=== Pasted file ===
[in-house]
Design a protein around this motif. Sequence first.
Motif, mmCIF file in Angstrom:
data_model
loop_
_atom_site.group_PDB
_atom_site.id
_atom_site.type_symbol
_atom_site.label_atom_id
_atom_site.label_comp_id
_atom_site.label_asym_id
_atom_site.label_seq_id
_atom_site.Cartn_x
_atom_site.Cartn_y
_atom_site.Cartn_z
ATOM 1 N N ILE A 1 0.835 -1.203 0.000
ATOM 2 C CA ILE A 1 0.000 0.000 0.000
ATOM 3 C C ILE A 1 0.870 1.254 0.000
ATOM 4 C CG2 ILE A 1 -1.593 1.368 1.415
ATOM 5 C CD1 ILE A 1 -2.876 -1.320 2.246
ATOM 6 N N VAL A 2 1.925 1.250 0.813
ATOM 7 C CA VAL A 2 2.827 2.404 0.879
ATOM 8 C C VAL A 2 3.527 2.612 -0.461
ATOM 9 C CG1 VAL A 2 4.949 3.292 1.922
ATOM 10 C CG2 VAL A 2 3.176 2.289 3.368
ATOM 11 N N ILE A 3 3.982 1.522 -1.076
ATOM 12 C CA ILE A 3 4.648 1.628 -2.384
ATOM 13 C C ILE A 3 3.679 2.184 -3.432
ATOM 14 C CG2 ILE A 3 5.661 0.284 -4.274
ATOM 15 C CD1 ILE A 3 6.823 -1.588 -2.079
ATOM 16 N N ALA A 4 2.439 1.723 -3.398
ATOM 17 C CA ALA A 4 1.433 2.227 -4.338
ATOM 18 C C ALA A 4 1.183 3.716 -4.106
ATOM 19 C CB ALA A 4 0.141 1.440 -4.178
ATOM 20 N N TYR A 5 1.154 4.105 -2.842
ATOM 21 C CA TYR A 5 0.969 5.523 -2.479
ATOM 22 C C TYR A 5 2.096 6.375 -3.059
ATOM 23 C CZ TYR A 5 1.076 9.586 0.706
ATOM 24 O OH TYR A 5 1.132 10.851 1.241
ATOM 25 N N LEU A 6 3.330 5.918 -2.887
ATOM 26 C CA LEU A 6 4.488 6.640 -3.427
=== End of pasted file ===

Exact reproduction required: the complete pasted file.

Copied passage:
[in-house]
Design a protein around this motif. Sequence first.
Motif, mmCIF file in Angstrom:
data_model
loop_
_atom_site.group_PDB
_atom_site.id
_atom_site.type_symbol
_atom_site.label_atom_id
_atom_site.label_comp_id
_atom_site.label_asym_id
_atom_site.label_seq_id
_atom_site.Cartn_x
_atom_site.Cartn_y
_atom_site.Cartn_z
ATOM 1 N N ILE A 1 0.835 -1.203 0.000
ATOM 2 C CA ILE A 1 0.000 0.000 0.000
ATOM 3 C C ILE A 1 0.870 1.254 0.000
ATOM 4 C CG2 ILE A 1 -1.593 1.368 1.415
ATOM 5 C CD1 ILE A 1 -2.876 -1.320 2.246
ATOM 6 N N VAL A 2 1.925 1.250 0.813
ATOM 7 C CA VAL A 2 2.827 2.404 0.879
ATOM 8 C C VAL A 2 3.527 2.612 -0.461
ATOM 9 C CG1 VAL A 2 4.949 3.292 1.922
ATOM 10 C CG2 VAL A 2 3.176 2.289 3.368
ATOM 11 N N ILE A 3 3.982 1.522 -1.076
ATOM 12 C CA ILE A 3 4.648 1.628 -2.384
ATOM 13 C C ILE A 3 3.679 2.184 -3.432
ATOM 14 C CG2 ILE A 3 5.661 0.284 -4.274
ATOM 15 C CD1 ILE A 3 6.823 -1.588 -2.079
ATOM 16 N N ALA A 4 2.439 1.723 -3.398
ATOM 17 C CA ALA A 4 1.433 2.227 -4.338
ATOM 18 C C ALA A 4 1.183 3.716 -4.106
ATOM 19 C CB ALA A 4 0.141 1.440 -4.178
ATOM 20 N N TYR A 5 1.154 4.105 -2.842
ATOM 21 C CA TYR A 5 0.969 5.523 -2.479
ATOM 22 C C TYR A 5 2.096 6.375 -3.059
ATOM 23 C CZ TYR A 5 1.076 9.586 0.706
ATOM 24 O OH TYR A 5 1.132 10.851 1.241
ATOM 25 N N LEU A 6 3.330 5.918 -2.887
ATOM 26 C CA LEU A 6 4.488 6.640 -3.427